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permanent backbow?

Discussion in 'Hardware, Setup & Repair [BG]' started by KingCrimson, May 18, 2011.


  1. KingCrimson

    KingCrimson

    Oct 6, 2008
    hey guys so i have a dilemna, my main player seems to have a permanent back bow. I cant get any relief even if i loosen the trussrod all the way. But the truss rod DOES work.


    Does anybody know a solution? Its a handmade bass from the 80s called signature excalibre, i really want it to work again, its metal tone is perfect!

    http://www.talkbass.com/forum/f8/rare-bass-find-my-signature-excalibre-591929/
     
  2. Ric5

    Ric5 Supporting Member Commercial User

    Jan 29, 2008
    Colorado
    I Grow Organic Carrots
    Use heavier strings, or tune it sharp
     
  3. KingCrimson

    KingCrimson

    Oct 6, 2008
    heavier strings are a good idea, but what should i loosen the trussrod and tune it sharp? then get a bow back in it?
     
  4. JLS

    JLS

    Sep 12, 2008
    Emeryville, Ca
    I setup & repair guitars & basses
    Shim the neck (Just kidding!)

    Find someone who has experience with heat treating necks, and have that done. In fact, I'm doing that now, to a PV Cirrus that I got last month, that still has the slightest backbow--the previous owner had stored it unstrung, with the trussrod tightened up. LMI's new digital controller for heating blankets, is a godsend!
     
  5. Slowgypsy

    Slowgypsy 4 Fretless Strings

    Dec 12, 2006
    NY & MA
    Something I did a while back that worked for me was like what was already mentioned. I put very heavy gauge strings on, loosened up the truss rod, and tuned the strings sharp. The neck bowed quite nicely. I left it like that for a couple of days. When I put my regular gauge strings back on, the back bow in the neck was gone and the truss rod become engaged again to adjust relief. The heat treating method is probably a better way to go, but the heavy string method did work for me.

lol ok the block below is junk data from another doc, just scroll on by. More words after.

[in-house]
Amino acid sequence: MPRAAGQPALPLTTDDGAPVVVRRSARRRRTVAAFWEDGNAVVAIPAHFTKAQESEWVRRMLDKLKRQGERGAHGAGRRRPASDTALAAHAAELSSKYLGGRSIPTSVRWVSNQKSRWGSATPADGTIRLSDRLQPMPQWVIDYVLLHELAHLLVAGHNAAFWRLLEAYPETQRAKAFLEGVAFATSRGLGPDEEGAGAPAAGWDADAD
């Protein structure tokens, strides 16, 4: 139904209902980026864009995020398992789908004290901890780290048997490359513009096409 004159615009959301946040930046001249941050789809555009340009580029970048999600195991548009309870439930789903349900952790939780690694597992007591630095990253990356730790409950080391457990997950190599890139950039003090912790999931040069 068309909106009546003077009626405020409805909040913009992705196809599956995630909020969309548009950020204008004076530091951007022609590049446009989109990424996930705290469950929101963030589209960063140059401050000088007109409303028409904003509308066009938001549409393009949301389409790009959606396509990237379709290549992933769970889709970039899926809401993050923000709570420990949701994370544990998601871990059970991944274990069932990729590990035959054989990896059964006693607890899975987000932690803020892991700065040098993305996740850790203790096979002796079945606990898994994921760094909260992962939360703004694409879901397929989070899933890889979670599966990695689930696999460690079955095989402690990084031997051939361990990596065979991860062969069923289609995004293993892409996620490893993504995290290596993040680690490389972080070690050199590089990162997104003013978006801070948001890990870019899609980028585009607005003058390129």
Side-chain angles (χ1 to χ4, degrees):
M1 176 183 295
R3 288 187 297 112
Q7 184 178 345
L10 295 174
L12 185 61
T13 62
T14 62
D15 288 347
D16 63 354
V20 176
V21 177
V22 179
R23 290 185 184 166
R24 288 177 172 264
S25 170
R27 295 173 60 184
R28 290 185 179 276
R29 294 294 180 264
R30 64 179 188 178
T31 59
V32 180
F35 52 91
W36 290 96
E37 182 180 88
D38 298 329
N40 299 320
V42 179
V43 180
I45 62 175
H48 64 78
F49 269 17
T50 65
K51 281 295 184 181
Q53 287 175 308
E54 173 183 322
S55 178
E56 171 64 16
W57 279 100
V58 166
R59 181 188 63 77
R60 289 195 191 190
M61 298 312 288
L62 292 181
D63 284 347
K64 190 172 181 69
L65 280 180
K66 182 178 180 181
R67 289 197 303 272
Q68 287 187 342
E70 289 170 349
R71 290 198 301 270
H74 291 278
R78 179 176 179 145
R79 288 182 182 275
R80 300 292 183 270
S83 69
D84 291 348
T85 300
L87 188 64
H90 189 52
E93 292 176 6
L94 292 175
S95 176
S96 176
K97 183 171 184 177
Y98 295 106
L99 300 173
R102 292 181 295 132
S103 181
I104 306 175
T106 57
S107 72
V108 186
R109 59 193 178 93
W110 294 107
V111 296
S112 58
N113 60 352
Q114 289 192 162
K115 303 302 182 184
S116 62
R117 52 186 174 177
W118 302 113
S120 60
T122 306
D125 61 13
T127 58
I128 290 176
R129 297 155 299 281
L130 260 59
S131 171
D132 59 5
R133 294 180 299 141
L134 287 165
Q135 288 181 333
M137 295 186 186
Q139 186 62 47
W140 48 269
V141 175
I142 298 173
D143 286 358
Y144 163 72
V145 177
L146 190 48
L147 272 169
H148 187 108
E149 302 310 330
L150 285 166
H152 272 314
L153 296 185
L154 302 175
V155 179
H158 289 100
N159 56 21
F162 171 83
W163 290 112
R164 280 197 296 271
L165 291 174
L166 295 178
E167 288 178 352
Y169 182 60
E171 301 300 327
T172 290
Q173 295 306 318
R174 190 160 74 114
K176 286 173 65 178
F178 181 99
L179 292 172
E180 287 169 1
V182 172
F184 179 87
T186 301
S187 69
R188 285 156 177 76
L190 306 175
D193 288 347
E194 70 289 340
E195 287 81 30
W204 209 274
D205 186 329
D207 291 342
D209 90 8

6. FretlessMainly

    FretlessMainly

    Nov 17, 2010
    Definitely try the heavy gauge string thing first - no need for the neck to be heat/steam-treated unless absolutely necessary. I bought a very nice '76 Fender P FL about a year and a half ago on the cheap and there was some buzz in the upper register. So, I checked out the rods: backed off to near loose. (I had bought this on ebay after asking many questions, but not the right one, apparently. But no big deal.)

    So, I slapped a set of Fender 9050M flats on there, brought it to concert pitch (no need to go sharp unless this doesn't do it), and hung it up for two weeks. Perfect! I snugged up the rod just a bit and that brought the neck right where it needed to be. Now it's just fine.
     
  7. JLS

    JLS

    Sep 12, 2008
    Emeryville, Ca
    I setup & repair guitars & basses
    I didn't say anything about steam, and I don't recommend it.
     
  8. FretlessMainly

    FretlessMainly

    Nov 17, 2010
    Sorry, I didn't mean to put words in your mouth. I've heard of steam being used in conjunction with heat treatments before, so I sort of lumped them together in my general comment.

    Odds are that heat treating would work, but my main point was that the expense of that may not be needed if the increased string tension does the job.
     
  9. Just loosen the truss rod and put some high tension strings on it. May take a few months to make a difference.
     
  10. jimbilly

    jimbilly

    Apr 19, 2006
    My tech-friend does the heat fix on necks with chronic backbow. I'd look around for a good tech if I were you, where are you located?
     

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